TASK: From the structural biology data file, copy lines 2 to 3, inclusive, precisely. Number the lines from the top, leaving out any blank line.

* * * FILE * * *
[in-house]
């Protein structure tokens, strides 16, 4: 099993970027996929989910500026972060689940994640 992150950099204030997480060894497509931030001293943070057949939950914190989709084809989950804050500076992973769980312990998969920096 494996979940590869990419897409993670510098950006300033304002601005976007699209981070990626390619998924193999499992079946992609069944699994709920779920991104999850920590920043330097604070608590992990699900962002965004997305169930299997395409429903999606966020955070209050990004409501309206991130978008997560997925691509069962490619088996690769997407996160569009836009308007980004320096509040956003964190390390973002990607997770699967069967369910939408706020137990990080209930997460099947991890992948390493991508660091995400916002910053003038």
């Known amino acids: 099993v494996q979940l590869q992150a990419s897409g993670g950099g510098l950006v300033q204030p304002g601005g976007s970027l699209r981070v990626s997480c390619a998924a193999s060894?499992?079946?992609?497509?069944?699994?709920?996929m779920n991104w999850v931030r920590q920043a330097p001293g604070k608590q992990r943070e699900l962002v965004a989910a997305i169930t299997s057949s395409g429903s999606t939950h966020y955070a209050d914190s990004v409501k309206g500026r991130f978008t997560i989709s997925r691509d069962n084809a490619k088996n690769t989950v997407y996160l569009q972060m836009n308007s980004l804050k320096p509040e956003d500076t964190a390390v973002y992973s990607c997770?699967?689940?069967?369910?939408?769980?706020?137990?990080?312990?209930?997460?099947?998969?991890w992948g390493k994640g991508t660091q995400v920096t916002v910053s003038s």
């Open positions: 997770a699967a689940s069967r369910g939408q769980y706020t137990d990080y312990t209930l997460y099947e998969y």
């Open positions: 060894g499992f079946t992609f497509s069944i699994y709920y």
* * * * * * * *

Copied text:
């Protein structure tokens, strides 16, 4: 099993970027996929989910500026972060689940994640 992150950099204030997480060894497509931030001293943070057949939950914190989709084809989950804050500076992973769980312990998969920096 494996979940590869990419897409993670510098950006300033304002601005976007699209981070990626390619998924193999499992079946992609069944699994709920779920991104999850920590920043330097604070608590992990699900962002965004997305169930299997395409429903999606966020955070209050990004409501309206991130978008997560997925691509069962490619088996690769997407996160569009836009308007980004320096509040956003964190390390973002990607997770699967069967369910939408706020137990990080209930997460099947991890992948390493991508660091995400916002910053003038």
């Known amino acids: 099993v494996q979940l590869q992150a990419s897409g993670g950099g510098l950006v300033q204030p304002g601005g976007s970027l699209r981070v990626s997480c390619a998924a193999s060894?499992?079946?992609?497509?069944?699994?709920?996929m779920n991104w999850v931030r920590q920043a330097p001293g604070k608590q992990r943070e699900l962002v965004a989910a997305i169930t299997s057949s395409g429903s999606t939950h966020y955070a209050d914190s990004v409501k309206g500026r991130f978008t997560i989709s997925r691509d069962n084809a490619k088996n690769t989950v997407y996160l569009q972060m836009n308007s980004l804050k320096p509040e956003d500076t964190a390390v973002y992973s990607c997770?699967?689940?069967?369910?939408?769980?706020?137990?990080?312990?209930?997460?099947?998969?991890w992948g390493k994640g991508t660091q995400v920096t916002v910053s003038s």